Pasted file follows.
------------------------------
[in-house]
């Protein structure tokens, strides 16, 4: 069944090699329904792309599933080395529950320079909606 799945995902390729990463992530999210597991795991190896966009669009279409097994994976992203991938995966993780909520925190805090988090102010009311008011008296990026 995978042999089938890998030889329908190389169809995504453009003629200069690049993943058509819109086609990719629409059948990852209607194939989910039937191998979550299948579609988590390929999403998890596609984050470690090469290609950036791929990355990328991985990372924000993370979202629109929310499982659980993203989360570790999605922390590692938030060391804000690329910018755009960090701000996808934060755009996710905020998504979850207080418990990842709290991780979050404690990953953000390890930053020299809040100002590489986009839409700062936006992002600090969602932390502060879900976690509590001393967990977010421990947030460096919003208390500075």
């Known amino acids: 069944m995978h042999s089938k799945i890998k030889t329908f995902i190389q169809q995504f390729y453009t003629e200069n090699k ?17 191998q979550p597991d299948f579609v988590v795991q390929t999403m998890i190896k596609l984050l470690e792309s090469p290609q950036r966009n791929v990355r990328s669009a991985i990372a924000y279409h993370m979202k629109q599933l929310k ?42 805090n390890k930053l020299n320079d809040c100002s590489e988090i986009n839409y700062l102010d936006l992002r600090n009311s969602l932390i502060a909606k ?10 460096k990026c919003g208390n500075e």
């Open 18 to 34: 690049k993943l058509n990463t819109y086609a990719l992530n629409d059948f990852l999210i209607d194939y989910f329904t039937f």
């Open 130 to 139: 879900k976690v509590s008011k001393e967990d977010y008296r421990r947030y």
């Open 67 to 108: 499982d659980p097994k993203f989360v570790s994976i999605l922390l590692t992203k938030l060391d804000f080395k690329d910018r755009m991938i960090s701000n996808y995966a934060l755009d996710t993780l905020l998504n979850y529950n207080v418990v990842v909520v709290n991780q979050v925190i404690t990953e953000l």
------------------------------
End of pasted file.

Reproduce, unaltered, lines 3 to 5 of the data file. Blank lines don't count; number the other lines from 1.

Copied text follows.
């Known amino acids: 069944m995978h042999s089938k799945i890998k030889t329908f995902i190389q169809q995504f390729y453009t003629e200069n090699k ?17 191998q979550p597991d299948f579609v988590v795991q390929t999403m998890i190896k596609l984050l470690e792309s090469p290609q950036r966009n791929v990355r990328s669009a991985i990372a924000y279409h993370m979202k629109q599933l929310k ?42 805090n390890k930053l020299n320079d809040c100002s590489e988090i986009n839409y700062l102010d936006l992002r600090n009311s969602l932390i502060a909606k ?10 460096k990026c919003g208390n500075e």
């Open 18 to 34: 690049k993943l058509n990463t819109y086609a990719l992530n629409d059948f990852l999210i209607d194939y989910f329904t039937f």
């Open 130 to 139: 879900k976690v509590s008011k001393e967990d977010y008296r421990r947030y």